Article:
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Coordinating with Canada on Foreign Policy

Richard Sanders

Canada's federal election poses an opportunity to reorient the country's foreign policy. Global Fellow Richard Sanders writes on the importance of U.S. coordination with Canada's new Parliament in an era of new international security threats and a changed geopolitical landscape.

Whatever the composition of the government which emerges from Canada’s September 20 election, the U.S. will need to intensify coordination on foreign policy. The relationship has firm foundations regardless of which party will govern, as our countries share membership in NATO, NORAD, the U.S.-Mexico-Canada Agreement and a range of other accords and have vast interchange at the human level. Nonetheless, despite many shared values and a long history of working together, if the United States hopes to see Canada as an active and engaged partner on global issues which it considers important, some rebuilding will be needed.

The ties that support foreign policy coordination have frayed in recent years. President Trump, aggressively unilateralist in both rhetoric and practice, was unpopular in Canada. He and his staff also seemed to hold Prime Minister Trudeau in especial contempt. While Canadians may have felt more comfortable with Trump’s successor, the COVID pandemic has left Canada, like other countries, looking inward right now. Also, the painful departure of American forces from Afghanistan casts a pall. Although Canada had withdrawn combat forces by 2014, the collapse of the Afghan government can only leave a sour taste in the mouths of many Canadians.

How can the U.S. reinvigorate the foreign policy relationship and thus have a greater chance gaining a positive response from Canada when its support is sought on some initiative? The first task is to do no harm. Purely bilateral issues can have a negative impact on the overall relationship. By the end of the Harper government it seemed as if the Keystone Pipeline was the only subject of interest between the two countries (this aside from any evaluation of its intrinsic merits). If the U.S. ignores Canadian concerns on a major issue, for example, if “buy American” requirements prove to be overly burdensome as the U.S. ramps up infrastructure spending, there could be some ill will that spills over into the broader foreign policy arena.


Aside from avoiding “own goals,” what can the U.S. do?  Frequent, extensive consultation is a prerequisite, both at the political, senior bureaucratic and subject matter expert level. This should take among the offices of national security advisors, foreign ministries, defense ministries and intelligence services. Some has already begun as the Biden administration seeks to repair damage done under its predecessor.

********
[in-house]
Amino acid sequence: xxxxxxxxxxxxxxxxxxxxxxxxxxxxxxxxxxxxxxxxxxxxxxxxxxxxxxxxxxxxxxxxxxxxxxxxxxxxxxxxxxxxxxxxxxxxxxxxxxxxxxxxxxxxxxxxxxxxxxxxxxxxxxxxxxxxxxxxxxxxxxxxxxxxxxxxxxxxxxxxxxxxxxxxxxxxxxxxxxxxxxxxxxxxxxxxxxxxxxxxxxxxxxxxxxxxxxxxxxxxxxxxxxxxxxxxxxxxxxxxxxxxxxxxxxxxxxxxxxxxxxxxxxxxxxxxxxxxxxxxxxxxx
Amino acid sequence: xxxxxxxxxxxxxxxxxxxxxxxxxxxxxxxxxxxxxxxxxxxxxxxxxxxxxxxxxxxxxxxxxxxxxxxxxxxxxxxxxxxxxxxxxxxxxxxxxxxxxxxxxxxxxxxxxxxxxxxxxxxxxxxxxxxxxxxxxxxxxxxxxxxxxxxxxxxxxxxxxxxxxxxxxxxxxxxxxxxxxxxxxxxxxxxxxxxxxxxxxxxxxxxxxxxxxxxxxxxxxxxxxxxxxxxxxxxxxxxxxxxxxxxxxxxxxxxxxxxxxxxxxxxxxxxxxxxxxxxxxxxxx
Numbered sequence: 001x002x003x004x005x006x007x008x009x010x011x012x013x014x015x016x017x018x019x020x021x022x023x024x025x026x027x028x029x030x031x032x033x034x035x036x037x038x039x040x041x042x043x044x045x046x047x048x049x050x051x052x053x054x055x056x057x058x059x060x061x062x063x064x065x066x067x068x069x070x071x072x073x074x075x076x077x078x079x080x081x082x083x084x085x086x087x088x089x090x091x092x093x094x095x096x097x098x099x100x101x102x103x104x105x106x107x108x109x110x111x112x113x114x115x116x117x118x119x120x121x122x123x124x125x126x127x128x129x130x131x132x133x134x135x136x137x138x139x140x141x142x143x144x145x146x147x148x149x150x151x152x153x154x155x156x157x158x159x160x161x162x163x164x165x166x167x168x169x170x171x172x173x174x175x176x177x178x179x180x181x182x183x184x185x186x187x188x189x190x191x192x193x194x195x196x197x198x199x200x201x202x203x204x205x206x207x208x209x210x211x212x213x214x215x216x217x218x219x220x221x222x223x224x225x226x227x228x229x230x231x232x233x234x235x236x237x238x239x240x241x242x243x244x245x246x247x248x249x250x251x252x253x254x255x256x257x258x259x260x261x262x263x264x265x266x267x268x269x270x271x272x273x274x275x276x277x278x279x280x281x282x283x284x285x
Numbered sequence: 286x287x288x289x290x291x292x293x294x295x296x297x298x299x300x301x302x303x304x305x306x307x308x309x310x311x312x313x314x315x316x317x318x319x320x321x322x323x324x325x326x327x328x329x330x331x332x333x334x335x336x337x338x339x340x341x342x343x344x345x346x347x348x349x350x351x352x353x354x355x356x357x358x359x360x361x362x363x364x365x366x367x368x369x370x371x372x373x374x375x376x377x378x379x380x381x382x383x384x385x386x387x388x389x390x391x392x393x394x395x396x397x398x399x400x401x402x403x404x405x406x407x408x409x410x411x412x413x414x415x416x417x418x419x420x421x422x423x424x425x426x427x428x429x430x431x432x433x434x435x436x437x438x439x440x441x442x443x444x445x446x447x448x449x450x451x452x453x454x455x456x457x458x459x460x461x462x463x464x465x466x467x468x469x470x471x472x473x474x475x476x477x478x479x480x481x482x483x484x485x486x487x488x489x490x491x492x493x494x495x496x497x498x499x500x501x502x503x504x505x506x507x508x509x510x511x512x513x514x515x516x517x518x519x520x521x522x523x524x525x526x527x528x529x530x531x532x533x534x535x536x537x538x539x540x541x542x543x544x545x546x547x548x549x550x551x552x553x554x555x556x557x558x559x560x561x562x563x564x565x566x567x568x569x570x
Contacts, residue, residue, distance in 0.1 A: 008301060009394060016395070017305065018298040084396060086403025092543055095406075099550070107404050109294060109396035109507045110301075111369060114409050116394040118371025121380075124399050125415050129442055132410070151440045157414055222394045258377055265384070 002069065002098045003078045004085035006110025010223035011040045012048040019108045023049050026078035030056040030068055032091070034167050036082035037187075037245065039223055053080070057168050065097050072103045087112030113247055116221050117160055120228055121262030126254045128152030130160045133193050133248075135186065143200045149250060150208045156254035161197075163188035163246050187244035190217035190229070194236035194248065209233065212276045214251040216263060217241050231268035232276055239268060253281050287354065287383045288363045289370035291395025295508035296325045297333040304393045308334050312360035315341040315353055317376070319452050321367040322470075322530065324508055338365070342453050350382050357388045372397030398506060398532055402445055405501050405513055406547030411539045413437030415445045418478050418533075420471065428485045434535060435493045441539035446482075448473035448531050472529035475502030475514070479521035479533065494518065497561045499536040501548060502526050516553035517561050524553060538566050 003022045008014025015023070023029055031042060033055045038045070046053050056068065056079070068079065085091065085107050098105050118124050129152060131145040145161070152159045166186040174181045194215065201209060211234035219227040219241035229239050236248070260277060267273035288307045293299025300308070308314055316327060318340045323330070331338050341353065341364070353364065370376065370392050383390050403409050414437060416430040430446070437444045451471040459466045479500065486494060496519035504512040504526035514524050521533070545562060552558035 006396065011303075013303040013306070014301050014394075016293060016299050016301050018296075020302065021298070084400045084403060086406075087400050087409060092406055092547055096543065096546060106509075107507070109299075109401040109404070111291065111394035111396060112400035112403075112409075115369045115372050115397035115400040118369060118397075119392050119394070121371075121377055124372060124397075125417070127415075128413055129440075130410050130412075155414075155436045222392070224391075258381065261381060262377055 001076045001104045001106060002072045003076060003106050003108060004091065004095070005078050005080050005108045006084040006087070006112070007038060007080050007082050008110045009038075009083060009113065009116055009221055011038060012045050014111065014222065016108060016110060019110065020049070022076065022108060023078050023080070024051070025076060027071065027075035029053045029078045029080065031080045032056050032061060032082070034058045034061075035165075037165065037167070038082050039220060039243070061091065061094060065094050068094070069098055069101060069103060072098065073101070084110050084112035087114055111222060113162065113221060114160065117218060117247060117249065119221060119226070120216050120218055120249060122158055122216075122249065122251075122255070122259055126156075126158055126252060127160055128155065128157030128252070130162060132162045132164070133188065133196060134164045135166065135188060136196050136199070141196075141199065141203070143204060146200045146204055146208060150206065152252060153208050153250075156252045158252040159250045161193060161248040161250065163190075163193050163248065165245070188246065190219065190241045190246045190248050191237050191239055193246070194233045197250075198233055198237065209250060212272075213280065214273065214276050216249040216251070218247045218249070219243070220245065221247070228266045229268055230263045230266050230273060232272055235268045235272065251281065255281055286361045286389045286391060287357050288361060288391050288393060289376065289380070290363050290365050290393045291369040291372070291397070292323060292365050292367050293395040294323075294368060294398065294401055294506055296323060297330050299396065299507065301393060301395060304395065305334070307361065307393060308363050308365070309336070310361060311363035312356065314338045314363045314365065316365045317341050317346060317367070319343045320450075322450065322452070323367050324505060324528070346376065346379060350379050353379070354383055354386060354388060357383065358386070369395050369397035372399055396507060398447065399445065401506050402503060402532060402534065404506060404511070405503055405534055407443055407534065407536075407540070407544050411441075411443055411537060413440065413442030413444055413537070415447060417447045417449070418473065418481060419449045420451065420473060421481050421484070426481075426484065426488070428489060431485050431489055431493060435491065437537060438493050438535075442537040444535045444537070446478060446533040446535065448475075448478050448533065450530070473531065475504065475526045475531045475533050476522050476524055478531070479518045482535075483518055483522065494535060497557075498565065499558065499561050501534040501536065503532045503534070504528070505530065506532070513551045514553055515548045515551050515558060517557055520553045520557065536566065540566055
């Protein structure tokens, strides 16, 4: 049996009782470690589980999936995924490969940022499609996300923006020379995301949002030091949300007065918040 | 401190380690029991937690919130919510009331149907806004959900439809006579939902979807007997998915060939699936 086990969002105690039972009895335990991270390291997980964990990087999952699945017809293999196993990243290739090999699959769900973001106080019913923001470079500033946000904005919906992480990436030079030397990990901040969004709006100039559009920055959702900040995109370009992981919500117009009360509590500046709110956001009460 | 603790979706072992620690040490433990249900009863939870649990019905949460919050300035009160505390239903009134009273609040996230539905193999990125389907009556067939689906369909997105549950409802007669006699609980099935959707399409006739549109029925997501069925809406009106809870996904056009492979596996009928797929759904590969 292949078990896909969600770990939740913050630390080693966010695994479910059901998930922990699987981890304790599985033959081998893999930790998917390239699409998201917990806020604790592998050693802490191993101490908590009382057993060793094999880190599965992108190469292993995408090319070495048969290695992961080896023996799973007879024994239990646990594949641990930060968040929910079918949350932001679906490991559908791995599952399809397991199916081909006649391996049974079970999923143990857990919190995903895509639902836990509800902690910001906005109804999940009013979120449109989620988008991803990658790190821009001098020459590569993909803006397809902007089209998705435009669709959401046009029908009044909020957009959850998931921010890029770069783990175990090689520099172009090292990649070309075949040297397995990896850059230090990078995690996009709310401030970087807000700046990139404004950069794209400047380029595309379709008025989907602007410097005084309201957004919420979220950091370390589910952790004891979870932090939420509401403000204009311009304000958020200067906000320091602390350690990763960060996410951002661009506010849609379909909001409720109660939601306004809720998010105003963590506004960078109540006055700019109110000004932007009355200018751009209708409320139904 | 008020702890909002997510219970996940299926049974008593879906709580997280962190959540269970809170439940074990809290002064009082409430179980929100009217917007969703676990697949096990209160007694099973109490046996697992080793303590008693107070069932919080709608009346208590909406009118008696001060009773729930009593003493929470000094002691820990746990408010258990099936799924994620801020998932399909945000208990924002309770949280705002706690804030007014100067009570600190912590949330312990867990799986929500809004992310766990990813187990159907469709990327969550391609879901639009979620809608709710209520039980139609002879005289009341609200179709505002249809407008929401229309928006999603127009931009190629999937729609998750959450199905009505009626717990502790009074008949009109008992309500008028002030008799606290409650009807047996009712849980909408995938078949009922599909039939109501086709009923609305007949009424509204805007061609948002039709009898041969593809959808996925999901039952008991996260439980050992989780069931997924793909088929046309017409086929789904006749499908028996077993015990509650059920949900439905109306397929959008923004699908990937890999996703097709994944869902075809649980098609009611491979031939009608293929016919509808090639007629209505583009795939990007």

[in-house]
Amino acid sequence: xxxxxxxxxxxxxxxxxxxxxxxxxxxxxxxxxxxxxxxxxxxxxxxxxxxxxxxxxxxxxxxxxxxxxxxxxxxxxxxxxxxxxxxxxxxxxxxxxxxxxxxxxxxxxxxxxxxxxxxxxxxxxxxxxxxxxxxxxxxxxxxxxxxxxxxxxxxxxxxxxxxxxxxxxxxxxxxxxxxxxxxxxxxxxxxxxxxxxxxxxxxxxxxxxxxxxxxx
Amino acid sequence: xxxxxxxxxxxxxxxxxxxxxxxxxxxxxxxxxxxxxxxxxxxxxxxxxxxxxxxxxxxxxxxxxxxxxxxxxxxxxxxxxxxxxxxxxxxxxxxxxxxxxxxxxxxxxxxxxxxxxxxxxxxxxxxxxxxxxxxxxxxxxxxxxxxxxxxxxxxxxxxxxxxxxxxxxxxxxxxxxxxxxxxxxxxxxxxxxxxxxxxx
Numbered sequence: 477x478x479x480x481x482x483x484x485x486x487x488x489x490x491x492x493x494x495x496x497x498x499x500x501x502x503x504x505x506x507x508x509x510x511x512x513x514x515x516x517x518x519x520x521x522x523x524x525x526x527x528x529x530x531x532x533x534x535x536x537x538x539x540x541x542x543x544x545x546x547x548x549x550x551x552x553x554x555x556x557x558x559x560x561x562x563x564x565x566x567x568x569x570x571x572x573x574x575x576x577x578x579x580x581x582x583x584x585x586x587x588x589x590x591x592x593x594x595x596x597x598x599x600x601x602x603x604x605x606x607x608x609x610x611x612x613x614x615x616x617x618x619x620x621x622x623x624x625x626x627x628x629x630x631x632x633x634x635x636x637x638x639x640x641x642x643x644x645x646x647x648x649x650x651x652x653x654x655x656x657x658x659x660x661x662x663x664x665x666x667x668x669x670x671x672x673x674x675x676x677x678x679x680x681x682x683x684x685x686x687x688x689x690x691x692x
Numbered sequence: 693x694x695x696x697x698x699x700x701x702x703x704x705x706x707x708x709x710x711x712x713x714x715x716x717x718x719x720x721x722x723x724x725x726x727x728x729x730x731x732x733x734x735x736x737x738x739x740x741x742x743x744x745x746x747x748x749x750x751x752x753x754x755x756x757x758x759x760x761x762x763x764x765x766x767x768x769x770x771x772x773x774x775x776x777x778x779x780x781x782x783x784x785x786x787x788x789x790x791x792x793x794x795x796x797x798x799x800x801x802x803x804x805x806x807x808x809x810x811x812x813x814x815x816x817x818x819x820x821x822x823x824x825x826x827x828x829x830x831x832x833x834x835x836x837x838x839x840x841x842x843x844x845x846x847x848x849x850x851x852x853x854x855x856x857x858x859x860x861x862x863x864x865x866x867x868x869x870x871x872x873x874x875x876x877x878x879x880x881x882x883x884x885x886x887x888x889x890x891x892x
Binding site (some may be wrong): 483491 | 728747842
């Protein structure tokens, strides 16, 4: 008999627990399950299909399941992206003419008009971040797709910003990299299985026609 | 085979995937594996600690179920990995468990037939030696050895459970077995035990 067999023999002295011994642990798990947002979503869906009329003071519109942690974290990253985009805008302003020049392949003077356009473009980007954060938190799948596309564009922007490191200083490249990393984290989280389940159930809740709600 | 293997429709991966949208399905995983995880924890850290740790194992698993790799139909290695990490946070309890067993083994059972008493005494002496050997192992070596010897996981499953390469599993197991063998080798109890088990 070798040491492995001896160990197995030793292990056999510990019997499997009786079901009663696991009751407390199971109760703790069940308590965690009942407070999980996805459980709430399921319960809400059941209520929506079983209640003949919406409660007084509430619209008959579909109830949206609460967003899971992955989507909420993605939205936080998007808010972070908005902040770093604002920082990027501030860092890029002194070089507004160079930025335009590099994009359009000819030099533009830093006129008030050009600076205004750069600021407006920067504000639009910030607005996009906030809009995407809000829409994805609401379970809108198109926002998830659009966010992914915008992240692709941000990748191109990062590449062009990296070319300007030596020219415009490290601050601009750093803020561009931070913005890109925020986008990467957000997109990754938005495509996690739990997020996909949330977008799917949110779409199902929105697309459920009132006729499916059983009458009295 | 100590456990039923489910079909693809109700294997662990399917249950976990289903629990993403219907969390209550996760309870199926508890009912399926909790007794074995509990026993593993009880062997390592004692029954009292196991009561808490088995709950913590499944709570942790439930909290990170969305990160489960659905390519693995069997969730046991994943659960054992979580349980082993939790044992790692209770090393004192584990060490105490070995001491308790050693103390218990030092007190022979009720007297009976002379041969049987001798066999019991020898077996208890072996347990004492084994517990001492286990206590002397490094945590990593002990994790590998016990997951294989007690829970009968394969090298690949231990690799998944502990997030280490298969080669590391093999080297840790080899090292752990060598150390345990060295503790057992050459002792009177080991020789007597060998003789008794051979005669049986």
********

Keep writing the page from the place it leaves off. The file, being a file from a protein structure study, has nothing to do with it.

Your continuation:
And as consultations take place, the U.S. should look for areas where Canada has particular interest and may be inclined to want to work together. As it seeks to manage the fallout from the Afghanistan withdrawal, the U.S. should recognize that Canada’s commitment there (and the 158 lives it lost) entitle it to a seat at the table as policies are devised. If the Biden administration decides to move off of Trump-era policies regarding Cuba, it may want to take advantage of Canada’s capacity to be quietly helpful, as did the Obama administration.

Dealing with Russia and China present the great foreign policy challenges of the foreseeable future. As regards the former, Canada has some modest “skin in the game,” supporting NATO’s Enhanced Forward Presence mission in the Baltic states and providing some military assistance to the Ukraine. As for China, Canada is bedeviled by the imprisonment of two of its citizens, even as it, like other countries, seeks to address China’s increasingly aggressive international stance.  In both cases, a fluid exchange of information, analysis and policy proposals seems eminently sensible.

In engaging with Canada realism is required. Canada’s population is one tenth the size of the U.S., and its armed forces are proportionally even smaller.  Like many smaller countries, it is most comfortable acting multilaterally. It often manifests a tendency to study issues indefinitely rather than give a clear yes or no answer to a request. (The list of Canadian grievances regarding the U.S. approach to foreign affairs could be equally pointed, of course.) But a new government in Ottawa, with a longer post-election time horizon, could provide an opportunity that the U.S. ought not to miss.

About the Author

Richard Sanders

Richard Sanders

Global Fellow;
Former member of the Senior Foreign Service of the U.S. Department of State
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Canada Institute

Bound by common geopolitical interests and strong economic and cultural ties, Canada and the United States enjoy the world's most successful bilateral relationship. The Wilson Center's Canada Institute is the only public policy forum in the world dedicated to the full spectrum of Canada-U.S. issues. The Canada Institute is a global leader for policymakers, academics and business leaders to engage in non-partisan, informed dialogue about the current and future state of the relationship.     Read more